Are nurses supposed to protect doctors? part 2

The issue I was having with the bad prescription was complicated for me. My emotions ran the gamut. The sample the doctor sent home with me was awful. After three doses (1.5 days), I quit using it. My eyes reacted negatively to it, turning red (a great look for working in  retail) and irritated. The best thing I could do for relief was prevention — not rub my eyes. I did fairly well, except between about 2 and 4 in the afternoon. Every day at that time, I had a firm glob of matter catch on the colored part of my eyes. Normally, this stuff would float down to the inner corner of the eye where I could wipe it away.  This matter was different. It would stick to my eye and rub and hurt the underside of my eyelids and could be dislodged with artificial tears (the one good recommendation from the dr.) and my fingertips. Think of having an eyelash stuck in on spot on your eyeball — for an hour.

Among other things, I was very offended that the nurse spoke on the phone with me and protected the doctor from knowing of her error. She was very defensive of the prescription, insisting that nothing could have been done to prevent the situation, and that no one was at fault — not the pharmacist, not the doctor, and definitely not her. She wanted me to live with the situation.  I didn’t hear, “I’m sorry.” I did not hear sympathy in her voice. I did hear from her that the pharmacist was looking for an alternative for me (because he DID have access to lists of nonactive ingredients and knew how to use it).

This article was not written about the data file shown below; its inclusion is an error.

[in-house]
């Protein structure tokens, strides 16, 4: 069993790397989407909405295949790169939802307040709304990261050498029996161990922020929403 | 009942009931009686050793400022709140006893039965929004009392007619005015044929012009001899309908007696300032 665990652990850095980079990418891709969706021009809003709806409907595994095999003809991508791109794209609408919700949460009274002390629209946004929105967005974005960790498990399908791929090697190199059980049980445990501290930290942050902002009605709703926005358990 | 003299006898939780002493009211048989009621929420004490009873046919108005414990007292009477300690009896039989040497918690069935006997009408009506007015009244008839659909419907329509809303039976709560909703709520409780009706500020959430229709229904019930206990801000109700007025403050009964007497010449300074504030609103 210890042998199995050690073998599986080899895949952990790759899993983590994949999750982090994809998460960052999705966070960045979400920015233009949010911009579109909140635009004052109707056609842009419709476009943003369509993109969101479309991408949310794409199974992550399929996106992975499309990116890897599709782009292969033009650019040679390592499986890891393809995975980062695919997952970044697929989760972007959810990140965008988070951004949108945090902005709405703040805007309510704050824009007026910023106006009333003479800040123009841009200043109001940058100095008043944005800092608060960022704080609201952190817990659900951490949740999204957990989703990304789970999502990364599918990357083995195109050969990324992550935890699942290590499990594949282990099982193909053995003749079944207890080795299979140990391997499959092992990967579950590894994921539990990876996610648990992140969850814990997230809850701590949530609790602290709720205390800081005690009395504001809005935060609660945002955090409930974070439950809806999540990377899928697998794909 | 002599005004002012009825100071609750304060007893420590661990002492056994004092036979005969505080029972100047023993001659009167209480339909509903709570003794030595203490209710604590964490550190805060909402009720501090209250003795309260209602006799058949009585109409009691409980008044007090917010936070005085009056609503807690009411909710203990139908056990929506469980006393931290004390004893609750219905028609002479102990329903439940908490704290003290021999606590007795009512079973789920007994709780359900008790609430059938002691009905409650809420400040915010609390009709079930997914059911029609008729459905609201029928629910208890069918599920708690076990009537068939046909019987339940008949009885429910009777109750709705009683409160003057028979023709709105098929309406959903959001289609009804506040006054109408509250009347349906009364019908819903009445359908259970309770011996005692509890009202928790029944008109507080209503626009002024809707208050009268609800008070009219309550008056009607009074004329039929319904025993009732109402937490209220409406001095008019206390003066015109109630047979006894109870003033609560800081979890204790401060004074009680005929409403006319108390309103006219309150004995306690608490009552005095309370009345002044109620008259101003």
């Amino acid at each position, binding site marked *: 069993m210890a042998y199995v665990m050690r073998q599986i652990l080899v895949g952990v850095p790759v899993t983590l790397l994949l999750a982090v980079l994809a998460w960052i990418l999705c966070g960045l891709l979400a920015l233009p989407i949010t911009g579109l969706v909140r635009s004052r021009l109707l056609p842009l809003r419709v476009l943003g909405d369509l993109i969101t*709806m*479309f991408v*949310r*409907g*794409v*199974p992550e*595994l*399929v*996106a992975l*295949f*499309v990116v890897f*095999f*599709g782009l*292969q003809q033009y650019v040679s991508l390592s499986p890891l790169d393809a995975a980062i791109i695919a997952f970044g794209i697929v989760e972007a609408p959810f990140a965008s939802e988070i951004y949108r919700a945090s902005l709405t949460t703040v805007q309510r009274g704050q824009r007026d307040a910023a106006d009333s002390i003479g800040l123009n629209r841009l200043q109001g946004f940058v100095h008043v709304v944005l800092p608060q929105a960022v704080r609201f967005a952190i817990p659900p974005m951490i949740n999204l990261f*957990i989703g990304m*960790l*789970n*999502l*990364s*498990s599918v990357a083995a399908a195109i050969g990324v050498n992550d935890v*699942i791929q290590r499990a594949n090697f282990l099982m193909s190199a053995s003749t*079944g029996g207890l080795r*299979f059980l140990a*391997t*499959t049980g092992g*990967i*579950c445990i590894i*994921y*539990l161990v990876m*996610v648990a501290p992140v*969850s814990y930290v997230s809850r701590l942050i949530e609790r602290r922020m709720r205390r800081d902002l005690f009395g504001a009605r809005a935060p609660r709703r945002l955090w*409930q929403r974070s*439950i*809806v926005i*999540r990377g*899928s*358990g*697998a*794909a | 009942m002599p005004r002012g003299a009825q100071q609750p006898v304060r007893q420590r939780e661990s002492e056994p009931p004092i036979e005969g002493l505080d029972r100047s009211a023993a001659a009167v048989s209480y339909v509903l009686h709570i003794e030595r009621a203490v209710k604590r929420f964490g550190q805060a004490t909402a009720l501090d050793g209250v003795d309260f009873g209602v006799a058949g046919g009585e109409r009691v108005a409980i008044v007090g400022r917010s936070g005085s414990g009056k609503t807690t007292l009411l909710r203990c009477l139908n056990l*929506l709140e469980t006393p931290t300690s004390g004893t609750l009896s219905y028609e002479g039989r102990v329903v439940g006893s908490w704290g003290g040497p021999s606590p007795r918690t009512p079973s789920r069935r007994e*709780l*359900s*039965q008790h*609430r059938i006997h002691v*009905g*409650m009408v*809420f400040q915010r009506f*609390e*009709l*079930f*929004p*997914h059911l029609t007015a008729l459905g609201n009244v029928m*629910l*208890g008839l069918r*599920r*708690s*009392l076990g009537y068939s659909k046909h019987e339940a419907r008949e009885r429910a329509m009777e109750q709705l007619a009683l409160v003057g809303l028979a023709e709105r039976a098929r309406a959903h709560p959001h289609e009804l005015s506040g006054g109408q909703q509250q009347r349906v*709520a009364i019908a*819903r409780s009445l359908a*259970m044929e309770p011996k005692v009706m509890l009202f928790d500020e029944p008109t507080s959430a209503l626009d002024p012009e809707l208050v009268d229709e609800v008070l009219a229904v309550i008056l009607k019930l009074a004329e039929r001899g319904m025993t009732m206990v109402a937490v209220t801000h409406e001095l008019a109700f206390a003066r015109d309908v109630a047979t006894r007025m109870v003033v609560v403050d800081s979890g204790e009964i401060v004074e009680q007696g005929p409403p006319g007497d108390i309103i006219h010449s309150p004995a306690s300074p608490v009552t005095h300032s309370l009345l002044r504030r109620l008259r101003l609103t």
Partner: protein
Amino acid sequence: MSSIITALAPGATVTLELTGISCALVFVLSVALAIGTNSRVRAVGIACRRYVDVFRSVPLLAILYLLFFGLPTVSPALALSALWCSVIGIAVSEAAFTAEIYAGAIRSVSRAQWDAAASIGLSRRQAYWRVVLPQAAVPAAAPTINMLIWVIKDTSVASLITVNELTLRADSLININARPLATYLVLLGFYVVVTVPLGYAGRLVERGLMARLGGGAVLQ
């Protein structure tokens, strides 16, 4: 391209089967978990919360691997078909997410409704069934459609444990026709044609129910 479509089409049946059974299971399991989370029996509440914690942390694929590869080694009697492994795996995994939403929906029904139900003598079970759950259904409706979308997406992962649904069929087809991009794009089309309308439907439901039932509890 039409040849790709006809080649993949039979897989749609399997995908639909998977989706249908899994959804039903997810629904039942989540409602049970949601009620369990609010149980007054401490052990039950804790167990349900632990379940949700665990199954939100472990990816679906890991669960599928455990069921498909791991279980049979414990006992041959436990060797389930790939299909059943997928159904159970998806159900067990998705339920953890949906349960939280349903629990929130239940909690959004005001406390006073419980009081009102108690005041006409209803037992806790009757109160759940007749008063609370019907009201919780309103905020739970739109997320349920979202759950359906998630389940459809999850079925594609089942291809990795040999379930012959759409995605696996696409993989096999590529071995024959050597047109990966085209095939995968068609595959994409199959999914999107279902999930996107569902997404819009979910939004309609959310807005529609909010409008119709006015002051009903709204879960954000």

I considered asking the ophthalmologist and nurse to sign their names to a petition asking the PDR to include inactive ingredients. I considered asking the pharmacist the same thing. Although he works in a chain retail store that regularly refunds money, he would not say whether he could give me a refund. He did not admit to error either. He did not say sorry or have sympathy in his voice. He wasn’t defensive, but was neutral. But I knew that his pharmacy was not going to ever be part of my life again. I wanted to be done with his store. I have never been back.

Because I like the founding partner of her clinic and wanted to return there, I really just wanted the doctor to know that my physical appearance and emotions and pocketbook had been harmed because of her error. My emotions ran the gamut for two days — about my skin, about the Lord, about the doctor, about the law, about my appearance, about almost everything in life. I ended up asking the doctor’s office to pay for the medicine — to get the doctor’s attention, to give her a chance to be a good guy. I still haven’t been allowed to speak to her over the phone. The nurse is a thick, solid front door. I am not sure whether I believe her when she says she talked to the doctor. But the clinic did pay for the prescription. I was not issued a personal check (my secret wish). The money was just the way I got someone’s attention.

Don’t doctors want and need to know by the very nature of their jobs how their patients are faring? Do they really need a front door to filter 100% of the things that come over the phone?

 

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